Manganese sulfate 3 mg
Cinnamone 0.9 mg
Vitamin B6 650 micro g
Organic germanium 35.7 mg
Guar gum 122.7 mg

Best supportive care is defined as the best supportive treatment measures for cancer patients. The European Organization for Research and Treatment of Cancer (EORTC) defines BSC as, “supportive treatment interventions for cancer patients encompass the multiprofessional approach to the individual all-encompassing physical, psychosocial, spiritual, and cultural needs and should be available at all times of the illness for patients of all ages and regardless of the current treatment intention of the interventions directed against the illness.” This is an approach that improves the quality of life of patients through the management of pain as well as other physical, psychosocial, and spiritual problems.


This was a randomized control trial conducted at the Department of Hepatology, BSMMU, Dhaka, from December 2019 to February 2021. The research protocol was approved by the Institutional Review Board of BSMMU. Sixty patients of HCC were included. Patients with ECOG Performance Status >2, age >18 years, and of both sexes were included. Patients diagnosed with another cancer in addition to HCC, with comorbid conditions like severe CCF, IHD, recent MI, COPD, CKD, etc., and patients of HCC with ECOG Performance Status <2 were excluded from the study. A written informed consent for inclusion in the trial was obtained from the patients, who were randomized into two different groups. One group was selected for the Oncoxin therapy with BSC (Oncoxin group) and another was selected for only BSC (BSC group). Oncoxin group patients received Cap. Oncoxin (300 mg) thrice daily by mouth in addition to BSC. BSC group patients received only the BSC.

All patients were followed up for at least 3 months or up to death. Adverse events were closely monitored. The death of admitted patients was recorded physically and those who died outside were recorded over the telephone.

Serum alanine aminotransferase (ALT), aspartate aminotransferase (AST), total bilirubin, prothrombin time (INR), serum albumin, serum creatinine, serum electrolyte, complete blood count (CBC), alpha-fetoprotein (AFP), hepatitis B surface antigen (HBsAg), and if positive, hepatitis B e antigen (HBeAg), anti HBe was done and if negative, anti-HBc ( total) was done. HBV DNA estimation was done with the real-time PCR method and Anti HCV was done and if positive, HCV RNA estimation was done. Abdominal ultrasound and CT scan/MRI and upper GI endoscopy were done. Fine needle aspiration for cytology was done where CT scan/MRI finding was inconclusive.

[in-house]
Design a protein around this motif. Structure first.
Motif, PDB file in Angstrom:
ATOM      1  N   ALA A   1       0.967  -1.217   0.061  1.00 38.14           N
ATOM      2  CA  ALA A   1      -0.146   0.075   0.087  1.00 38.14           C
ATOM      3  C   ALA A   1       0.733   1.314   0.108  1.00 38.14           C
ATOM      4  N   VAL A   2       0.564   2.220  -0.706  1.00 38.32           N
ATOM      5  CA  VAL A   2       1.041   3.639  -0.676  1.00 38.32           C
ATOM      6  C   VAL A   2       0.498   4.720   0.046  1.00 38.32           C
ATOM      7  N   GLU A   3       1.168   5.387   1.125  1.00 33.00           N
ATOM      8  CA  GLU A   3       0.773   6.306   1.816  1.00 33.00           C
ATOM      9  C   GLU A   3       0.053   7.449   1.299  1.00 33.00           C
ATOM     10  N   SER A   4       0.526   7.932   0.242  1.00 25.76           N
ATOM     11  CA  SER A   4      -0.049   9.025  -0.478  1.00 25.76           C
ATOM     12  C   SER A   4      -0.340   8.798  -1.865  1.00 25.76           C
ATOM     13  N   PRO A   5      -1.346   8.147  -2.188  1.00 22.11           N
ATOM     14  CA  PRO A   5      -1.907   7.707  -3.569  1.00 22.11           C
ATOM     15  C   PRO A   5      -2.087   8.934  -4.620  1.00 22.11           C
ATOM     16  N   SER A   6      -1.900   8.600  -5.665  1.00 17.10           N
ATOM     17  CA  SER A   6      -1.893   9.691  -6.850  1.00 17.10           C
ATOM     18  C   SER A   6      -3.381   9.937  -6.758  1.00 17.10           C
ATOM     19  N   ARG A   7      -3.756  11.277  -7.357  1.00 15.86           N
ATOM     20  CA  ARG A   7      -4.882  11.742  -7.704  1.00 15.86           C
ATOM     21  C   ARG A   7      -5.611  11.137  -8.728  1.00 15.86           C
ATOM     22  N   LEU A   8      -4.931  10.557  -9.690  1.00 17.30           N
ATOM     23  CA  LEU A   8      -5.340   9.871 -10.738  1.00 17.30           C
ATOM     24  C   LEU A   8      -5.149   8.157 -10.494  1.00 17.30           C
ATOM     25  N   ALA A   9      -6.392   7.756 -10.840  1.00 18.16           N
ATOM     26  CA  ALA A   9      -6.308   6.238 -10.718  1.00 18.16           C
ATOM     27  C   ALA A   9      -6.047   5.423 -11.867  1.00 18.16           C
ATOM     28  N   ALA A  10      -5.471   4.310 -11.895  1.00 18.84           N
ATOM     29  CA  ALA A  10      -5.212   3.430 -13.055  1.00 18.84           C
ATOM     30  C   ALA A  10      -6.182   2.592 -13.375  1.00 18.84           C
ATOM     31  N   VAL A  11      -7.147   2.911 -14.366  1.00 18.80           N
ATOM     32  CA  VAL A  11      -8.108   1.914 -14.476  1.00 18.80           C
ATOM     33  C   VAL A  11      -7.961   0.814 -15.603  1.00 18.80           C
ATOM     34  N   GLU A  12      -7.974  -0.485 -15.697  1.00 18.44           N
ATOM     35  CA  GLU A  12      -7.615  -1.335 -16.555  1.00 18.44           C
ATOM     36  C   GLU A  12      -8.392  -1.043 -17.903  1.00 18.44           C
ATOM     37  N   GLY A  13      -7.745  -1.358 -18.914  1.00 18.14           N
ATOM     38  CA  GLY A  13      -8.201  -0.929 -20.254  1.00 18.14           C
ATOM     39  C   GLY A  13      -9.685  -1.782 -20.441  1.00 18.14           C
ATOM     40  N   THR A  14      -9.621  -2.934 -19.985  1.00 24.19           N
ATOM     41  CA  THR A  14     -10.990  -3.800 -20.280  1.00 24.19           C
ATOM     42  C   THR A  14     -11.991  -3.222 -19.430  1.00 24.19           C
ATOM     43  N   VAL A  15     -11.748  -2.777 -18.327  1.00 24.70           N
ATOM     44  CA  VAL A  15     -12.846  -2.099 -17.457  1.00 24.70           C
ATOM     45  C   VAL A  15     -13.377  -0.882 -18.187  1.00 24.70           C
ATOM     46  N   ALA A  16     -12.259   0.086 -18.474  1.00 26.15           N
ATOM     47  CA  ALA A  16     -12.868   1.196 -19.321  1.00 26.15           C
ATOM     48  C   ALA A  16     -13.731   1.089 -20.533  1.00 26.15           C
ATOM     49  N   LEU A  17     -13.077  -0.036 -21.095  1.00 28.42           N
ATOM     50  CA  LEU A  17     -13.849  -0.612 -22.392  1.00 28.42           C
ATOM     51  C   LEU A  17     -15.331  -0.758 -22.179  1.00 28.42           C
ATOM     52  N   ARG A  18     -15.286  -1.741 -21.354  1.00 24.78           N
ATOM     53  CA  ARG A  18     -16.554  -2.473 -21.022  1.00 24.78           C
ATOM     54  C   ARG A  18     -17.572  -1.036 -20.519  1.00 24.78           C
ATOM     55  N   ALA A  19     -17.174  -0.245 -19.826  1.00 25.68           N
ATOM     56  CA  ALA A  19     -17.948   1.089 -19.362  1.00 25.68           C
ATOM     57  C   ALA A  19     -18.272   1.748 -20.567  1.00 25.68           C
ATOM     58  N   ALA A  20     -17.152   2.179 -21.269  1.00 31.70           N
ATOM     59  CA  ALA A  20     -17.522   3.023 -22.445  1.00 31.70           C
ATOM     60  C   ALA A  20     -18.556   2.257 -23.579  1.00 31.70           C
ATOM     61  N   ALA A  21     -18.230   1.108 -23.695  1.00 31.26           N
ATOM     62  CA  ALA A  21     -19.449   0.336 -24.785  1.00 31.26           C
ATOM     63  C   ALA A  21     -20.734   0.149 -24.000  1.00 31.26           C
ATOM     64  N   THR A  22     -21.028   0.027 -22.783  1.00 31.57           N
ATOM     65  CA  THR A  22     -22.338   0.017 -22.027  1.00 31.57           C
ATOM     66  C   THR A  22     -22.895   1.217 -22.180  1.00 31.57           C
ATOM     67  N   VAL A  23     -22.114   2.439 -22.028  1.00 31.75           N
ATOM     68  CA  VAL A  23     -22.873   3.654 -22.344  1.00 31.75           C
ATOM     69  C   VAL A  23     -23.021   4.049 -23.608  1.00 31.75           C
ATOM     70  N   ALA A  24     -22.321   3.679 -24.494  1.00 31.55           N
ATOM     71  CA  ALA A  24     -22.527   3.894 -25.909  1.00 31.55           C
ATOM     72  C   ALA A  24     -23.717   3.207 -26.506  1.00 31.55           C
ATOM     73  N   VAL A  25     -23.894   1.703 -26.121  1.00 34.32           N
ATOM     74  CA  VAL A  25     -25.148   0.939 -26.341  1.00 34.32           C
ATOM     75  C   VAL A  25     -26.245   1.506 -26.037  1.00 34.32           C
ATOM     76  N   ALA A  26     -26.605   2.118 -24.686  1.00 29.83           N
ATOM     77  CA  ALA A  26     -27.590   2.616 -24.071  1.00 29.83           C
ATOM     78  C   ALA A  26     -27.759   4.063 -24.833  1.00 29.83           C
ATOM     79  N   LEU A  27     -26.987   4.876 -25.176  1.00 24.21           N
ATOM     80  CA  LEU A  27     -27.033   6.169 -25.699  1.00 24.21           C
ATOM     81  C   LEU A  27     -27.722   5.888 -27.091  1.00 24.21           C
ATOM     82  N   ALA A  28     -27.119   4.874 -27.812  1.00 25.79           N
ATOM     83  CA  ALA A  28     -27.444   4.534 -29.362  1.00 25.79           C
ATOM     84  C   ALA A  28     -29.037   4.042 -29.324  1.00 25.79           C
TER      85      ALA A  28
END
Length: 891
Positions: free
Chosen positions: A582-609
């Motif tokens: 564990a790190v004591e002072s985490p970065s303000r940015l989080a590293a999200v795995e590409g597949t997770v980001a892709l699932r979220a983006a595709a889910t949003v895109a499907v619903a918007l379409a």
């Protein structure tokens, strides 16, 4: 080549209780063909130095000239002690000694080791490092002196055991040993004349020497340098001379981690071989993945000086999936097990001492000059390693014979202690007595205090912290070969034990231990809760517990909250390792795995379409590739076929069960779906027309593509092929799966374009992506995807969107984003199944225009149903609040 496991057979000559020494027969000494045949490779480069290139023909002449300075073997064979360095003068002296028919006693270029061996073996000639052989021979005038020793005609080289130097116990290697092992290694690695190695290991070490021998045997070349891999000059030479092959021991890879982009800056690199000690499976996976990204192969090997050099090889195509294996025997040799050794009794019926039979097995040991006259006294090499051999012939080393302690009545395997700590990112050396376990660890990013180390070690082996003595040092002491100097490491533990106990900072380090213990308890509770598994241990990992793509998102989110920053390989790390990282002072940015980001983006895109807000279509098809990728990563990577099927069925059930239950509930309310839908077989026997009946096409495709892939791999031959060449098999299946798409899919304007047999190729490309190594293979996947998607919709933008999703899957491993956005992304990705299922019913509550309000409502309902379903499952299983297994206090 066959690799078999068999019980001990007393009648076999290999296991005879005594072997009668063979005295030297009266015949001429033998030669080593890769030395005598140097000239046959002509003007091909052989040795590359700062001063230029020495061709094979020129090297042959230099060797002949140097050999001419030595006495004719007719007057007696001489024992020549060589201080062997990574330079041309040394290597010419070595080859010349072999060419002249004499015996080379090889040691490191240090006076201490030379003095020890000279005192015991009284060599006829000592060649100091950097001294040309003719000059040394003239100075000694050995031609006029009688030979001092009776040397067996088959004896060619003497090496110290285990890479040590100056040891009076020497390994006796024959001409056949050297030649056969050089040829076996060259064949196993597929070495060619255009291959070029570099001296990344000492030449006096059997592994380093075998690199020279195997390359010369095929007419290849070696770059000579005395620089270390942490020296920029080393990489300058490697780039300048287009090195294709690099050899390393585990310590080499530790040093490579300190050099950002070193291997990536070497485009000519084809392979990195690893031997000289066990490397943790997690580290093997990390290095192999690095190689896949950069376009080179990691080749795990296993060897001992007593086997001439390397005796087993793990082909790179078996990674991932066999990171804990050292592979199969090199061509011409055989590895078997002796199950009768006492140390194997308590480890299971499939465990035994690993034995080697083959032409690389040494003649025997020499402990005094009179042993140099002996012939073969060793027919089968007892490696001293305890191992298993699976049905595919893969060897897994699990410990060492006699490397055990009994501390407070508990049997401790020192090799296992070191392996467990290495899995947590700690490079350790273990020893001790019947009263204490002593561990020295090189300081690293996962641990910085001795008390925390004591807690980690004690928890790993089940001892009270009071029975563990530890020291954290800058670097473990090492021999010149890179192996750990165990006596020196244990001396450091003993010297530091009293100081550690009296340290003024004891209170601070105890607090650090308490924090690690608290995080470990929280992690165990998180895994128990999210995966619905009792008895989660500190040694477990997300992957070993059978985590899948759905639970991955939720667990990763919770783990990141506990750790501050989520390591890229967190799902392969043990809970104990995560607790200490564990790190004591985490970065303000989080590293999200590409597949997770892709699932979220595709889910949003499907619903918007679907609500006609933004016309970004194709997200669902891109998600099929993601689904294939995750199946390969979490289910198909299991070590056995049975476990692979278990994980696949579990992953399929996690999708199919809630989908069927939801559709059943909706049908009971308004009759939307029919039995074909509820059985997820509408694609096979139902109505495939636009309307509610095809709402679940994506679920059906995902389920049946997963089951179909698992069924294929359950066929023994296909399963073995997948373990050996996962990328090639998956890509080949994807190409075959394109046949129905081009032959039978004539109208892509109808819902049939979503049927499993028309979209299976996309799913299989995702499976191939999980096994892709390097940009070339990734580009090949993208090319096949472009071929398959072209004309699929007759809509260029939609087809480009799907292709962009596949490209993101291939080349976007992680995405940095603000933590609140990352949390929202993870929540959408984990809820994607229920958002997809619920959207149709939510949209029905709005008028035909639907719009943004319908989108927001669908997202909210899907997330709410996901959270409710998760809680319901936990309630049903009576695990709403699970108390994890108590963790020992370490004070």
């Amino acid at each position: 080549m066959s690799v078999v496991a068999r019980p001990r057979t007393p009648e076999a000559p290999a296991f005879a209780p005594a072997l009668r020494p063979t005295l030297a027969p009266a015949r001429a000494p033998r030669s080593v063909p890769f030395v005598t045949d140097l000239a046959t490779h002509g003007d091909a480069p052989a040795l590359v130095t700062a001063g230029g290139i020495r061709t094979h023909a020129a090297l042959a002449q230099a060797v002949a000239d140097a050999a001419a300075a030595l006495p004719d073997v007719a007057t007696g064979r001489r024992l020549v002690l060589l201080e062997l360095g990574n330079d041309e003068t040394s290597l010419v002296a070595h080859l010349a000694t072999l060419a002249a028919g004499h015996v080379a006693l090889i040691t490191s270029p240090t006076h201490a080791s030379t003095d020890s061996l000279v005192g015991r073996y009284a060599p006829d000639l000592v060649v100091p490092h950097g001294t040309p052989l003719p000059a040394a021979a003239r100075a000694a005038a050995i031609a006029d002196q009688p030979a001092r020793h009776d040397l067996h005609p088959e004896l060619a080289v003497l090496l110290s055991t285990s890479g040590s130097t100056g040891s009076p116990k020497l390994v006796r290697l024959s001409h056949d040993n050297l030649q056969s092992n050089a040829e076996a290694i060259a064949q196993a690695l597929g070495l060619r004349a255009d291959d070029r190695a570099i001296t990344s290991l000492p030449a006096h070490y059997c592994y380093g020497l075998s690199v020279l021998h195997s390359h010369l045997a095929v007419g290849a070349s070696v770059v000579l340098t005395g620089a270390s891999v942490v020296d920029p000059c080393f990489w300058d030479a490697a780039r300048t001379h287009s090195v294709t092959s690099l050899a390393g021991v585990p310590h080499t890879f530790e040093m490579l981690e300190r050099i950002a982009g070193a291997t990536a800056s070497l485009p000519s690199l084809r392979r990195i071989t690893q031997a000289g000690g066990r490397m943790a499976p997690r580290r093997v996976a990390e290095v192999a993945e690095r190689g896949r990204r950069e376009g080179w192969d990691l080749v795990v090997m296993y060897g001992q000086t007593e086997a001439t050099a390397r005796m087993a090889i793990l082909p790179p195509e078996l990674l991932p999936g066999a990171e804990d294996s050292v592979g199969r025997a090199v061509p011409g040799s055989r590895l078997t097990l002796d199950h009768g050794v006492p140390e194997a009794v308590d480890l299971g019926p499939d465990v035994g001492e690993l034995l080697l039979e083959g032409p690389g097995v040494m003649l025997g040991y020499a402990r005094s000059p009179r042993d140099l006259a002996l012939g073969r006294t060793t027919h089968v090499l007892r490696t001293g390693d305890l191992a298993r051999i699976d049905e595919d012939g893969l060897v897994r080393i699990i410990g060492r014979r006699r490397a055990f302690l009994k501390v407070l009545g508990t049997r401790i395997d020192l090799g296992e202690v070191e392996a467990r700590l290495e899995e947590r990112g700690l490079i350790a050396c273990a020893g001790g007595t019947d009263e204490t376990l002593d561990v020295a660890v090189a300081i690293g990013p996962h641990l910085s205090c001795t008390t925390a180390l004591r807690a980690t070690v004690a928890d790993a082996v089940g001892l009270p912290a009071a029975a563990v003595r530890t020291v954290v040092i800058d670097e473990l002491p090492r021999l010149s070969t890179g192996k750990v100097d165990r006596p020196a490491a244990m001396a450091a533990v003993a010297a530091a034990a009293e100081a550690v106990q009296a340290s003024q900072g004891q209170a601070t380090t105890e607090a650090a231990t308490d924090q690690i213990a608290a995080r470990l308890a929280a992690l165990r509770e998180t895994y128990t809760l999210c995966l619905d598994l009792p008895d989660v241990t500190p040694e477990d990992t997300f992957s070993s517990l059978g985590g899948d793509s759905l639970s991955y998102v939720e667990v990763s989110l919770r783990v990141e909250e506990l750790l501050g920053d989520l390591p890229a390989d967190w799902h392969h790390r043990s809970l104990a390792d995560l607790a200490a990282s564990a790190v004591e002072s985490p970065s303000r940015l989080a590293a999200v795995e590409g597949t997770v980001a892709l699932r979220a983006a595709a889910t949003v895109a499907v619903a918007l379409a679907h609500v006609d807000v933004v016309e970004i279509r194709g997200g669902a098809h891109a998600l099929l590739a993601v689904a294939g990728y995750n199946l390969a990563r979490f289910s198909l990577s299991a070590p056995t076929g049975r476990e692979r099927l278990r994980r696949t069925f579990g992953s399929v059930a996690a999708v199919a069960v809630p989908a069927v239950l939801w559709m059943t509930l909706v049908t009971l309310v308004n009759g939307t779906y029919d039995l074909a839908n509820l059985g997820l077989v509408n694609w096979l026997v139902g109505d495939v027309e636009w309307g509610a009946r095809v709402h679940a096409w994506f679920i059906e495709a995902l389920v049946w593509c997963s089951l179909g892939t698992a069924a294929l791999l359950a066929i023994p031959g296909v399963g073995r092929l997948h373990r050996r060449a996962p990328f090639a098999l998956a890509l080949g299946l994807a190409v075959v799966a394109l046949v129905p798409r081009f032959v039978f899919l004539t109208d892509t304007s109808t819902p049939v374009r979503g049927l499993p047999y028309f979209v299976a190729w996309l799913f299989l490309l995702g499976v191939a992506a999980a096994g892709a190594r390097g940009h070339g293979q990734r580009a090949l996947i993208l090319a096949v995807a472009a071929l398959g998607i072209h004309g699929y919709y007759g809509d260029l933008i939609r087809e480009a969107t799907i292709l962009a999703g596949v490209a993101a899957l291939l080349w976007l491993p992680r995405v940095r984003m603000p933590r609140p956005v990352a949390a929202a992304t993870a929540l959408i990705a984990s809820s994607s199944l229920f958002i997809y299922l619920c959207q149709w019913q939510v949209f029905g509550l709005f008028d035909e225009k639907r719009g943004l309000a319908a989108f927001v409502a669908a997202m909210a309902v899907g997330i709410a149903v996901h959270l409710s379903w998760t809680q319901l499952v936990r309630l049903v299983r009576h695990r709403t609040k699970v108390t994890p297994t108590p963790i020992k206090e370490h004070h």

The statistical analysis was done using the statistical package for Social Sciences version 21.0 for windows (IBM Corp: Armonk, NY, USA). p values <0.05 were considered significant.

The overall fitness of a patient was often assessed by the ECOG performance status scale. The outcome for patients with a performance status of 3 or 4 is worse in almost all malignancies.


Socio-demographic profile and baseline clinical presentations of study participants (n = 60) are shown in Table 2. The mean age was 49.67 ± 11.046 years in the Oncoxin group and 46.87 ± 10.030 years in the BSC group. There was male predominance in both groups and in both groups, abdominal pain was the most common presentation. Table 3 shows the baseline biochemical profiles of study participants.

Table 2: Sociodemographic profile and baseline clinical presentation of study participants
Characteristics Oncoxin (n = 30) BSC (n = 30) Total (n = 60) p value
Age (years) 49.67 ± 11.05 46.87 ± 10.03 48.27 ± 10.56 a0.31ns
Male 29 (97%) 26 (87%) 55 (92%) b0.31ns
Female 1 (3%) 4 (13%) 5 (8%)  
Abdominal pain 27 (90%) 27 (90%) 54 (90%) b0.15ns
Jaundice 24 (80%) 24 (80%) 48 (80%) b0.29ns
Ascites 27 (90%) 21 (70%) 48 (80%) b0.06ns
Encephalopathy   14 (46.7%)   13 (43.3%) 27 (45%) b0.79ns
ns, not significant
Values are expressed as Mean ± SD and within parenthesis percentage (%)
ap value reached from unpaired t-test
bp value reached from Chi-Square (χ2) test
Table 3: Baseline biochemical profile of study participants
Parameter Oncoxin (n = 30) BSC (n = 30) Total (n = 60) p value
Hb (g/dL) (mean ± SD) 11.03 ± 1.87 10.79 ± 2.50 10.91 ± 2.19 a0.68ns